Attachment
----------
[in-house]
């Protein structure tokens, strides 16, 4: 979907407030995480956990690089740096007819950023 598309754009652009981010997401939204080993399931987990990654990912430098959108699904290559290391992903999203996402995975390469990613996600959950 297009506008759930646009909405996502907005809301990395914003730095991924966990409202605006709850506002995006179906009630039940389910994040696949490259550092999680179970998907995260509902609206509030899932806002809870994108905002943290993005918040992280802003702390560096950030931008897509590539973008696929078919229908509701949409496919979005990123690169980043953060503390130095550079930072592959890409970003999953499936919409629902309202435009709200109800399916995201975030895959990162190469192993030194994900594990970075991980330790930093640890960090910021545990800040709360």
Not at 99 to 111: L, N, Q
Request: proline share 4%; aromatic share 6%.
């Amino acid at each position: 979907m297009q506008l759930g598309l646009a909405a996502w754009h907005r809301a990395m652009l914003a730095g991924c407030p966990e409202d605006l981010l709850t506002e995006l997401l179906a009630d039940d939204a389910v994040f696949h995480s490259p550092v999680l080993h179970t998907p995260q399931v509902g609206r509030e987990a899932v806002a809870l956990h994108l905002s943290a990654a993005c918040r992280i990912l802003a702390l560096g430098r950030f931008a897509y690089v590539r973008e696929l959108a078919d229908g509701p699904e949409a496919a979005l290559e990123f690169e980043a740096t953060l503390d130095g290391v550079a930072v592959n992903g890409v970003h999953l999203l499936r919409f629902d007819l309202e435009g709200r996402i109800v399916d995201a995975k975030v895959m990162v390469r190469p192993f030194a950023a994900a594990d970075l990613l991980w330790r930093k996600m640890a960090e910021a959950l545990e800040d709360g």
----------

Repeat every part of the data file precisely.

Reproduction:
[in-house]
């Protein structure tokens, strides 16, 4: 979907407030995480956990690089740096007819950023 598309754009652009981010997401939204080993399931987990990654990912430098959108699904290559290391992903999203996402995975390469990613996600959950 297009506008759930646009909405996502907005809301990395914003730095991924966990409202605006709850506002995006179906009630039940389910994040696949490259550092999680179970998907995260509902609206509030899932806002809870994108905002943290993005918040992280802003702390560096950030931008897509590539973008696929078919229908509701949409496919979005990123690169980043953060503390130095550079930072592959890409970003999953499936919409629902309202435009709200109800399916995201975030895959990162190469192993030194994900594990970075991980330790930093640890960090910021545990800040709360």
Not at 99 to 111: L, N, Q
Request: proline share 4%; aromatic share 6%.
């Amino acid at each position: 979907m297009q506008l759930g598309l646009a909405a996502w754009h907005r809301a990395m652009l914003a730095g991924c407030p966990e409202d605006l981010l709850t506002e995006l997401l179906a009630d039940d939204a389910v994040f696949h995480s490259p550092v999680l080993h179970t998907p995260q399931v509902g609206r509030e987990a899932v806002a809870l956990h994108l905002s943290a990654a993005c918040r992280i990912l802003a702390l560096g430098r950030f931008a897509y690089v590539r973008e696929l959108a078919d229908g509701p699904e949409a496919a979005l290559e990123f690169e980043a740096t953060l503390d130095g290391v550079a930072v592959n992903g890409v970003h999953l999203l499936r919409f629902d007819l309202e435009g709200r996402i109800v399916d995201a995975k975030v895959m990162v390469r190469p192993f030194a950023a994900a594990d970075l990613l991980w330790r930093k996600m640890a960090e910021a959950l545990e800040d709360g």